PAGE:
Today one of the most authoritative publications in the contemporary photography industry, LensCulture has revealed its list of the finest emerging talents in world photography. Comprising 50 artists spanning 29 countries and six continents, photographers have been selected according to two criteria: excellence in the visual language of photography and the fact that they are not (yet) widely known internationally.
From the longlist of 50, the eight jury members each selected one photographer to be awarded a special distinction. We present eight of the finest emerging talents in world photography with words from each juror explaining their choice.
There were so many talented photographers in this contest, so many that really captured a spirit, had skill and a command of storytelling.
- Evan Pricco, Editor-in-Chief / Web Editor, Juxtapoz Magazine
WERONIKA GESICKA (Poland)
“There are a huge number of projects that rework vernacular images but few are as arresting as these from Polish-born visual artist Weronika Gesika, who creates compelling layered works with found material acquired from image banks. “Traces” consists of a selection of fun, sinister and surreal photographs that demand attention, ranging from the believable to the impossible. The series is a collection of subtly rearranged, interpreted and manipulated photographs that piece together and create new fragments of suspended time, memory and the unexpected.” – Louise Clements, Artistic Director of the QUAD and FORMAT International Photography Festival
YOSHIKATSU FUJII (Japan)
“Yoshikatsu Fujii makes family trauma—his parents’ divorce—the subject of his series “Red String.” Combining new photography with archival family photographs that have been collaged and re-worked, Fujii offers a poignant excavation of fraught familial history and a reflection on the fictions and performances found in the family album.” – Michael Famighetti, Editor at Aperture Magazine
WIKTORIA WOJCIECHOWSKA (Poland)
“Wiktoria’s work is both emotionally compelling and visually intriguing. Her work is playful at times, questioning the notion of memory, while it continuously situates you in the challenges and horrors of war. I was really impressed by the way she installed the work and the careful consideration she gave to the viewer’s experience in a gallery setting. Her grid of soldiers’ portraits is remarkable. This is an artist everyone should keep an eye on.” – Christopher McCall, Director at Pier24 Photography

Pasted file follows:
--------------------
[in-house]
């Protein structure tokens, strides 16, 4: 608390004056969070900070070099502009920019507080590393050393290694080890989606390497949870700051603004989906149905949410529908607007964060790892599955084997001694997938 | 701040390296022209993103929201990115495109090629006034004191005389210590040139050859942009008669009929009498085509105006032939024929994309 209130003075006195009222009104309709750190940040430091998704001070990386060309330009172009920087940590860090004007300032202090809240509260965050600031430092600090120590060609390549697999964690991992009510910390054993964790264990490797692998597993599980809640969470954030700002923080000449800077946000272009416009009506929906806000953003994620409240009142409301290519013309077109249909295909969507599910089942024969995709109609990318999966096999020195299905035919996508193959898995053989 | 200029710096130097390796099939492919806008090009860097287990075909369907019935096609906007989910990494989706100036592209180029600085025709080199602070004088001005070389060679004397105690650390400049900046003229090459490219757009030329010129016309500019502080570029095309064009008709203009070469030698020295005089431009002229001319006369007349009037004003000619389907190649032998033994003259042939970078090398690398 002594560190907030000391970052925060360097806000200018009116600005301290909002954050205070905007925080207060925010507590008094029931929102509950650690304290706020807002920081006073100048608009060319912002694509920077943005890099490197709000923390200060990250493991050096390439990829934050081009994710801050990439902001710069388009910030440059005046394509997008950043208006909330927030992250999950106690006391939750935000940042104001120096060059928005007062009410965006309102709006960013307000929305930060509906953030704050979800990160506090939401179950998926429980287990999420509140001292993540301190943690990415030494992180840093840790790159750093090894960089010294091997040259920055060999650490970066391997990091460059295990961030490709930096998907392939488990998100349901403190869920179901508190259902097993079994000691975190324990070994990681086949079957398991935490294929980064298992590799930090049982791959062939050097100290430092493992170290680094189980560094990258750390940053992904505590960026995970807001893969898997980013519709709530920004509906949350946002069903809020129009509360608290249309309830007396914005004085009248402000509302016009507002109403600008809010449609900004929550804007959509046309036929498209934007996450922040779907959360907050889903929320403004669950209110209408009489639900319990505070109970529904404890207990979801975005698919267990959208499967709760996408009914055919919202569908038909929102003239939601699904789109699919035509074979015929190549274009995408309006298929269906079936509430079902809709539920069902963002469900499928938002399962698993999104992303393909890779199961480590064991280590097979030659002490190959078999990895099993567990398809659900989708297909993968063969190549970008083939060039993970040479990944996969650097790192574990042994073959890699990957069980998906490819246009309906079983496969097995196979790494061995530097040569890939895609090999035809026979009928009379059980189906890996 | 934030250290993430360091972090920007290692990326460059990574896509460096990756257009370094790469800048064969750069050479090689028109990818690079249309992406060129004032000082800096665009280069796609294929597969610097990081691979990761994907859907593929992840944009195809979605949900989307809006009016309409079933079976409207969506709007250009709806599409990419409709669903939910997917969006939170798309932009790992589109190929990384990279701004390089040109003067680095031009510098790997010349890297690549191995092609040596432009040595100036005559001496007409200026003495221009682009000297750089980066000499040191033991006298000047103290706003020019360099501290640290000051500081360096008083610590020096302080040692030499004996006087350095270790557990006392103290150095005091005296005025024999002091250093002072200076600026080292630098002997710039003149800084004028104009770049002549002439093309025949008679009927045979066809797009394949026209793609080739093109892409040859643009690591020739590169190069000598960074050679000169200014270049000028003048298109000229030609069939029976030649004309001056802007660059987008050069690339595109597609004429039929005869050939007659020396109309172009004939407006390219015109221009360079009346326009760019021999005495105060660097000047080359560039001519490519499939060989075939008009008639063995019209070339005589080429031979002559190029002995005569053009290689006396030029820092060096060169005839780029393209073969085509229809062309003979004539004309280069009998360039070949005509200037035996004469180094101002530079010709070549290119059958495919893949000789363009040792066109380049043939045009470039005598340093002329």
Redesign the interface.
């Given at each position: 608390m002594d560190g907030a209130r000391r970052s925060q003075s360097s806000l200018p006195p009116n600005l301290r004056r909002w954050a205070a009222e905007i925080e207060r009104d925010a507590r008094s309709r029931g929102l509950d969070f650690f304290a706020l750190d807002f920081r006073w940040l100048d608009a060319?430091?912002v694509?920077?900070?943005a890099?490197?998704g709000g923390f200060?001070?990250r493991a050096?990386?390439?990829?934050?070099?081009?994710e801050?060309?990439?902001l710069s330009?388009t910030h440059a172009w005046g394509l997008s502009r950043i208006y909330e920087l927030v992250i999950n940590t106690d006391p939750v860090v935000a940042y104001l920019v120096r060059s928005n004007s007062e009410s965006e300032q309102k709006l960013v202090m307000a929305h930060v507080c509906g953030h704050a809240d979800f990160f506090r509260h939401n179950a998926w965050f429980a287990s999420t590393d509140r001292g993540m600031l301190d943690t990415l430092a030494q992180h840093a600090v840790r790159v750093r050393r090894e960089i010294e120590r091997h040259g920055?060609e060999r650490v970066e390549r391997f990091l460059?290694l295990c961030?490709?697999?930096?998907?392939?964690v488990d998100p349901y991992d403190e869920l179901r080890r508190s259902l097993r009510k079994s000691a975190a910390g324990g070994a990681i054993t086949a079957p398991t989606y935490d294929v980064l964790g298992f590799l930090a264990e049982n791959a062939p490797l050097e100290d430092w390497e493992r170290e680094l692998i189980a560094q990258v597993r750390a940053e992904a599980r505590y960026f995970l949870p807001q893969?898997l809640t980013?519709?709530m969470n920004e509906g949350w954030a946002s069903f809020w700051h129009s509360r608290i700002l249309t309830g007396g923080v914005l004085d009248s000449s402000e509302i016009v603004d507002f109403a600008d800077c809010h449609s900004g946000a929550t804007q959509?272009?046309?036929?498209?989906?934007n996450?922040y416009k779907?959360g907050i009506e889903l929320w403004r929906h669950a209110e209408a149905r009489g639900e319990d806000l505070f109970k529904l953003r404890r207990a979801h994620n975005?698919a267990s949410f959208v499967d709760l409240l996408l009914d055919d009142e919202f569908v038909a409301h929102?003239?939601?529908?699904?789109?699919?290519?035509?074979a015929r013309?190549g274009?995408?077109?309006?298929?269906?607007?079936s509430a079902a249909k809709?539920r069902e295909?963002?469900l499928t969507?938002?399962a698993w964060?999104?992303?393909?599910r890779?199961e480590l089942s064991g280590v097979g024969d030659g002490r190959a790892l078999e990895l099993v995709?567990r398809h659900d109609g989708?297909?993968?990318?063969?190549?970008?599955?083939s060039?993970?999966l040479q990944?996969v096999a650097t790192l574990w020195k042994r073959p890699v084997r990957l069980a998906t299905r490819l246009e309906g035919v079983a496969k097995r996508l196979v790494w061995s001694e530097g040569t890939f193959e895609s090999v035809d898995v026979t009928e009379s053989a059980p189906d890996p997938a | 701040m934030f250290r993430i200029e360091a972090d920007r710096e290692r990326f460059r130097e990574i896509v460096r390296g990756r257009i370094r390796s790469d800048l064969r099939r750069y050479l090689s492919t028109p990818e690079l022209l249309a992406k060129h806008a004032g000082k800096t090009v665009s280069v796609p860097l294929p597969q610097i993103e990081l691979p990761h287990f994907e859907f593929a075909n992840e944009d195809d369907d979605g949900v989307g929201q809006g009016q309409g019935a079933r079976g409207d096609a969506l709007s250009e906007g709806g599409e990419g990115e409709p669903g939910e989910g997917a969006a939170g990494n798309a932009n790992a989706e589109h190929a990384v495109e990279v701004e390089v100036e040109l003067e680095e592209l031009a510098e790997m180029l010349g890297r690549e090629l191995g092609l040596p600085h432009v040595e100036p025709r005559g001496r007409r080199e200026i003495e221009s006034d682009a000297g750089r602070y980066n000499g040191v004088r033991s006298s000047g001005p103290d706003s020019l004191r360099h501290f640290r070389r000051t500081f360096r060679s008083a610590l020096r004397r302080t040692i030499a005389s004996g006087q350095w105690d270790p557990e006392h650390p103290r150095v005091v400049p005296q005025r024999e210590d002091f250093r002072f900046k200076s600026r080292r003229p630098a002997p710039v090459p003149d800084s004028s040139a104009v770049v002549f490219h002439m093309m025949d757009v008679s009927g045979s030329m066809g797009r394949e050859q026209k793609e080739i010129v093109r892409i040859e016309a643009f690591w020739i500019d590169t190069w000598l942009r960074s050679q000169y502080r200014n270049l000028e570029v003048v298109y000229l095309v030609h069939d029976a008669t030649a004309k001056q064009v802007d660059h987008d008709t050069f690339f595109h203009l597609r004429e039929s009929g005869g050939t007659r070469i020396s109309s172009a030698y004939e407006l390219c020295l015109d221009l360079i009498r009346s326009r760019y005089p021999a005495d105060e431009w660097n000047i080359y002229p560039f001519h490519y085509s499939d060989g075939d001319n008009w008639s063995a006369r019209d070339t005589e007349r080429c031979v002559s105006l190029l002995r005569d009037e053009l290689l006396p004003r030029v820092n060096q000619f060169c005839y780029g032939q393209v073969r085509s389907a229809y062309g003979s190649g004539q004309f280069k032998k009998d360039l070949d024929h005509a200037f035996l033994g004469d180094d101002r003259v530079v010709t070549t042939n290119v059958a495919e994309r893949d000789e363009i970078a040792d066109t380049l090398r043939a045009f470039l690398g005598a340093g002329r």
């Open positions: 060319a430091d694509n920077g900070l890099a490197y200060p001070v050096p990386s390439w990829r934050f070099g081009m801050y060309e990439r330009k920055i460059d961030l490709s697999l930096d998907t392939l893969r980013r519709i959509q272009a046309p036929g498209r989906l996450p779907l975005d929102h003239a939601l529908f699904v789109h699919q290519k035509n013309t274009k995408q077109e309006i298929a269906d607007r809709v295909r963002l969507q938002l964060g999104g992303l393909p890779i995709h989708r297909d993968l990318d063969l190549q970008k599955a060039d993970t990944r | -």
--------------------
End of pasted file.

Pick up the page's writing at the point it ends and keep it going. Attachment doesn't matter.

BEN THOMAS (Australia)
“With undeniable efficiency and precision, Thomas’ work offers us a redeeming vision of the architectural monument. Initially, as an adventure of light projected onto clean geometries. Then, beyond this frontal and luminous glance, we discover the documentation of functional objects that enjoy the happiness of space and frozen time.” – Xavier Soule, Président at Agence VU’ & Galerie Vu’, Paris
GESCHE WÜRFEL (United States)
“In this work, Gesche Wurfel approaches the vital problems of memory and time in a direct manner, looking at the vulnerability of our recollections to inadvertent alterations that happen in the brain. This affects us not only personally but leads to the instability of history in general, as our collective story is constantly being reshaped or erased in order to serve the present. By using long exposures, Wurfel is able to visually express the negligence of human beings towards the past, while appealing to our senses by taking advantage of photography’s instant intelligibility and physical immediacy. This brilliant work communicates a clear and important message on the subject and brings a unique perspective to our sense of history.” – Mutsuko Ota, Editorial Director at IMA Magazine, Tokyo
JOHNNY MILLER (South Africa)
“Photographer/activist Johnny Miller has developed a very clever, fresh strategy to make us aware of the still startling divide among rich and poor, white and black, in post-Apartheid South Africa. By using a drone to photograph social/geographical borderlines in multiple communities, he delivers the information with instant clarity and visual impact. And by writing compelling, fact-filled captions for each photograph, he encourages deep reading and understanding about the current state of affairs and inequality in these still-divided communities.” – Jim Casper, Editor-in-Chief at LensCulture
TINE POPPE (Norway)
“Tine Poppe’s work is a combination of fiction and non-fiction, of surreal landscapes and highly charged political quotations, of a haunting, almost nightmarish present and a dystopian future. She plays with photographic genres in clever and disturbing ways. In fact, she is one of the few photographers to be highly political without concentrating on the faces of the candidates during this recent US election season. As a result, her work is both local and global in its stance.” – Fred Ritchin, Dean of the School at the International Centre of Photography, New York City
ZACHARY ROBERTS (Sweden)
“Zachary’s work made me stop in my tracks, especially the Amish work. Not only did I want to see more, it truly felt like he was telling a story. There were so many talented photographers in this contest, so many that really captured a spirit, had skill, and had a command of storytelling. But not only did Zachary’s story seem incredible poignant for the work he presented here, there was something about this one particular photo, the one of the Amish boys watching the elder play a baseball-like sport, that seemed so naturally poetic that I wanted to see more. And that is really what I wanted to do with this, really look at a photographer that I felt was onto something, and this idea of identity in the American Family, something that is so increasingly at question with this past election and whole campaign season, really drew me to Zachary’s work.” – Evan Pricco, Editor-in-Chief at Juxtapoz Magazine